What kind of Win 8 app did you create? Do you consider this just a sample app, or something you might ultimately sell/give away for free?

My Windows 8 app is a jigsaw puzzle game called PuzzleTouch. It has extremely realistic puzzle pieces, supports multi-touch, and lets users play dozens of diverse jigsaw puzzles of different difficulties. It also allows the user to create their own puzzles from existing photos or camera. One of the biggest challenges I am currently facing is choosing the right business model. There are a number of strategies to generate revenue for apps and I am still considering what the best fit is for PuzzleTouch and which approach will prove to be the most successful on the platform. I can look to other platforms like the iPad for hints but Windows 8 is a unique platform with a unique marketplace and unique users. What tools did you use to build this app and why?

PuzzleTouch is written in Xaml and C#. This route was an obvious choice for two reasons: 1) I personally prefer C# & Xaml over js & HTML and 2) PuzzleTouch is based on the award winning Silverlight web site and Windows Phone app which took over three years to create and refine. Because Xaml and C# is so similar on Windows 8 to Silverlight for the phone and web, this gave me more than just a head start: it was practically already written.

What was the hardest part of building this app? Was there enough tooling/documentation?

The tooling and platform available today is a developer preview version that I’m guessing was created long before it was made available last September. Needless to say, there are many of bugs in the platform and my app required a lot of hacks to make it work. Overall, the app took me approximately 2 solid weeks to port and I spent about a third of that time hunting down obscure problems that do not exist in Silverlight for the web or phone. That said, I fully expect the platform and tools to improve dramatically with the next release.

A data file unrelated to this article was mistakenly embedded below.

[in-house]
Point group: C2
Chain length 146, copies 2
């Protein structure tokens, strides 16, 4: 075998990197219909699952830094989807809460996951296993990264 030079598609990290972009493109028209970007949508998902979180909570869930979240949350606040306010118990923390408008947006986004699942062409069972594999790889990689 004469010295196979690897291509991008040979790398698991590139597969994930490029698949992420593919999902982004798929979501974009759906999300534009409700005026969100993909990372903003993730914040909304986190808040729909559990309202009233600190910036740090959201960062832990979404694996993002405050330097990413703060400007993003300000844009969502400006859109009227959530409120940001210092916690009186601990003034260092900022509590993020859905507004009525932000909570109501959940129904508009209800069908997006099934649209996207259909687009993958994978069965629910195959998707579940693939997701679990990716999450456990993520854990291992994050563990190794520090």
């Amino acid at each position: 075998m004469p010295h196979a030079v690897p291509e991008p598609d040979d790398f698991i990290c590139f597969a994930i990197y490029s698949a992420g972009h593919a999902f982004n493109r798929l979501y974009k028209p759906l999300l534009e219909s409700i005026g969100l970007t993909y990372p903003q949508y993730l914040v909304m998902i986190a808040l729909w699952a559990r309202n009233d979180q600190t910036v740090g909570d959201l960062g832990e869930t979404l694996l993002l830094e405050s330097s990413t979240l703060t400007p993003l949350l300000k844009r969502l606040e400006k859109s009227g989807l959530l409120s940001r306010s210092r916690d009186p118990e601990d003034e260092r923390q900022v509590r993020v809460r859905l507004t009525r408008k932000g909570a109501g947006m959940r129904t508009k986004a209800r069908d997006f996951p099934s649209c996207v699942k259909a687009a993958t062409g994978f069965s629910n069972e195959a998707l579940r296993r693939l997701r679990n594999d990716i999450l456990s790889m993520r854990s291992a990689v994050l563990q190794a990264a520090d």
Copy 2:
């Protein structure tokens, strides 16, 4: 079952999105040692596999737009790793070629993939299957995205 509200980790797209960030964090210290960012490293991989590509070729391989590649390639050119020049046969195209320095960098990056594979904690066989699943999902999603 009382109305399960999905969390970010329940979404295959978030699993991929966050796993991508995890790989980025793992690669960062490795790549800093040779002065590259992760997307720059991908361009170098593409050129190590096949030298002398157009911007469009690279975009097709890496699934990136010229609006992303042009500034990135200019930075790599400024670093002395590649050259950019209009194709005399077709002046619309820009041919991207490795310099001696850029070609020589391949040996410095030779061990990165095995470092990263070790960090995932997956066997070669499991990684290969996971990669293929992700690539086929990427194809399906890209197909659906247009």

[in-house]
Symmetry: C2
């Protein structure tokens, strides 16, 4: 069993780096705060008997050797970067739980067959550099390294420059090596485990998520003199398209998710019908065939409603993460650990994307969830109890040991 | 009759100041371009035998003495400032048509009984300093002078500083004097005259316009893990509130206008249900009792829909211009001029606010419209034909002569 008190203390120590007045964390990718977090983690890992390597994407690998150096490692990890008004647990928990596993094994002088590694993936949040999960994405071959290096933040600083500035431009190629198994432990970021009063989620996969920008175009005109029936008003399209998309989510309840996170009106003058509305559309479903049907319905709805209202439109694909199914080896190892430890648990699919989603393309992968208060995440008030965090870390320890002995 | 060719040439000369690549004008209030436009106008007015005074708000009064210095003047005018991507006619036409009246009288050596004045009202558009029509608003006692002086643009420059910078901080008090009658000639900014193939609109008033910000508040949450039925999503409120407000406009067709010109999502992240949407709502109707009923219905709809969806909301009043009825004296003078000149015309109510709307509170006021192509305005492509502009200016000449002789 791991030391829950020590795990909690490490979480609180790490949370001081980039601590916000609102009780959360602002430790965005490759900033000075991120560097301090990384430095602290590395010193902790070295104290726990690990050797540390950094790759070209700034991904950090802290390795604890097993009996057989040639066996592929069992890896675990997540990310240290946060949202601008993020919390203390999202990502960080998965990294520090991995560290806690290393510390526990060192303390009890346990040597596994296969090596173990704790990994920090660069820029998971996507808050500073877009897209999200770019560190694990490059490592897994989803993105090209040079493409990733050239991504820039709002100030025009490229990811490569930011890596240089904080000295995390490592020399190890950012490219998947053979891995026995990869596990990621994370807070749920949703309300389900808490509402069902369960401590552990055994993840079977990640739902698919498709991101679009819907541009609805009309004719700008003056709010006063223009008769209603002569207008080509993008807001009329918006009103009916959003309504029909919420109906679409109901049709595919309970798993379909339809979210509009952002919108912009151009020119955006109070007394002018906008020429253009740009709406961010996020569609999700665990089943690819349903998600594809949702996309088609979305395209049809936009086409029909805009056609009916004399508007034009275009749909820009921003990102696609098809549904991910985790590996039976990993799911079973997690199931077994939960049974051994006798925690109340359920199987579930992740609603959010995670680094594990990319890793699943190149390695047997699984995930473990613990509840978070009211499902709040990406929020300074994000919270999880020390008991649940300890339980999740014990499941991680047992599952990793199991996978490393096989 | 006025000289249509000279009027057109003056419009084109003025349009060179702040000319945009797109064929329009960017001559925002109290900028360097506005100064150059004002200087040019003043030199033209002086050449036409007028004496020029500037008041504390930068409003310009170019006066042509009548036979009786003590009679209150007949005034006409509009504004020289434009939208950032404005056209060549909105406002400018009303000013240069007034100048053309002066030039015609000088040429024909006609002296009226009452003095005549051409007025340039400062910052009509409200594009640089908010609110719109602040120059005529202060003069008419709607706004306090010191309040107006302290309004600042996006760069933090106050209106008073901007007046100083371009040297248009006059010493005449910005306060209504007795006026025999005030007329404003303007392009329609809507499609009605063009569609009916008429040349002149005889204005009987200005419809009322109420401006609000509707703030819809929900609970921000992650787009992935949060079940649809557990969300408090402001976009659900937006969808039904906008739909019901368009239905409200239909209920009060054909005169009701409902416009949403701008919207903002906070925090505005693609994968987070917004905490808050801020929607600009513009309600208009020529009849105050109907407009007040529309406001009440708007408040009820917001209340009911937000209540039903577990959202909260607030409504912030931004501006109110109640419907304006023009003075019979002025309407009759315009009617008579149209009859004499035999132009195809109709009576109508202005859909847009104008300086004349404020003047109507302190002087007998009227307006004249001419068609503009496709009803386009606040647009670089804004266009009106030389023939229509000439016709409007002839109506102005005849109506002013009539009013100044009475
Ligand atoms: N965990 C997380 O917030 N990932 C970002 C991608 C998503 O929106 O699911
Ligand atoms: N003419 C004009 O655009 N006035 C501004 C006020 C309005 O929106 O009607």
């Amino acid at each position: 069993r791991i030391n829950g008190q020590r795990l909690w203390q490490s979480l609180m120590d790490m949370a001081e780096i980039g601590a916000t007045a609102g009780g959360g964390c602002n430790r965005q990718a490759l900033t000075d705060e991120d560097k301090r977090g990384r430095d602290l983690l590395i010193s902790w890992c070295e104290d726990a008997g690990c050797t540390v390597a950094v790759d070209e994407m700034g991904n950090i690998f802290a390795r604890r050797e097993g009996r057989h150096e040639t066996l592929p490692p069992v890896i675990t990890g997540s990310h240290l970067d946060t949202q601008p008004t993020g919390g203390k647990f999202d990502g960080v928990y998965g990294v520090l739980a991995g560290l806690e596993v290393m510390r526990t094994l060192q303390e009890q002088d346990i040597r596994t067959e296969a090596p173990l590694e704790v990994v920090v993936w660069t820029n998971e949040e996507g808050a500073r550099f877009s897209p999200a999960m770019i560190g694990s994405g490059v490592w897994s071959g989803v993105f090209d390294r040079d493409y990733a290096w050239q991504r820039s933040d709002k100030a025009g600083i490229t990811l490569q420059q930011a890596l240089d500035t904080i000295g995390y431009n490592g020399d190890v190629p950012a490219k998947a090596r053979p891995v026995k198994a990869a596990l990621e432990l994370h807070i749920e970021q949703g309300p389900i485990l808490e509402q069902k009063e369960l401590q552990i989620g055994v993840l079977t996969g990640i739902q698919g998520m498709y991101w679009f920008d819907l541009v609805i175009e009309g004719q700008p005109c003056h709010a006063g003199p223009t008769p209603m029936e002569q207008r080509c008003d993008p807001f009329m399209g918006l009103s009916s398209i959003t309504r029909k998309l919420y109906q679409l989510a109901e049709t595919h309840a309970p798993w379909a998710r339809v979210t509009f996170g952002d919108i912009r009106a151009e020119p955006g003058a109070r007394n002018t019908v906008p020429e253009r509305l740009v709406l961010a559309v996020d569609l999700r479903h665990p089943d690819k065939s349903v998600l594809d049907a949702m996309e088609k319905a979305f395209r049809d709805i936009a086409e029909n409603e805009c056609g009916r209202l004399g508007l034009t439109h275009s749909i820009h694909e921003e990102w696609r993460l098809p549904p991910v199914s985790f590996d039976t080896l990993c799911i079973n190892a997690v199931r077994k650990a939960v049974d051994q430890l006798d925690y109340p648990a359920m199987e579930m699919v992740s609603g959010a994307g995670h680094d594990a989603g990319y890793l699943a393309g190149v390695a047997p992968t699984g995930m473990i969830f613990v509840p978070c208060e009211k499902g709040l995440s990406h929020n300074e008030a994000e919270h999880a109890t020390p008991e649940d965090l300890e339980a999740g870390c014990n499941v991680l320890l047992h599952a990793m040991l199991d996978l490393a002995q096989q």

Because the platform is so new, another difficulty others may encounter is that there has not been enough time for the community to blaze many trails. Open source projects and blog posts for the platform are just starting to appear, but for the immediate future developers need to rely on those created for derivative technologies like Silverlight and .NET or HTML and JavaScript.

If there’s a silver lining, it is that the Windows team is doing an amazing job fielding questions on the Metro developer forums.  Engineers from Microsoft are out there in force helping developers and frankly, it’s the next best thing to being able to send a personal email to the engineers themselves. After building this app, what’s your opinion of WinRT and how it will help/hurt developers trying to create Win 8 apps?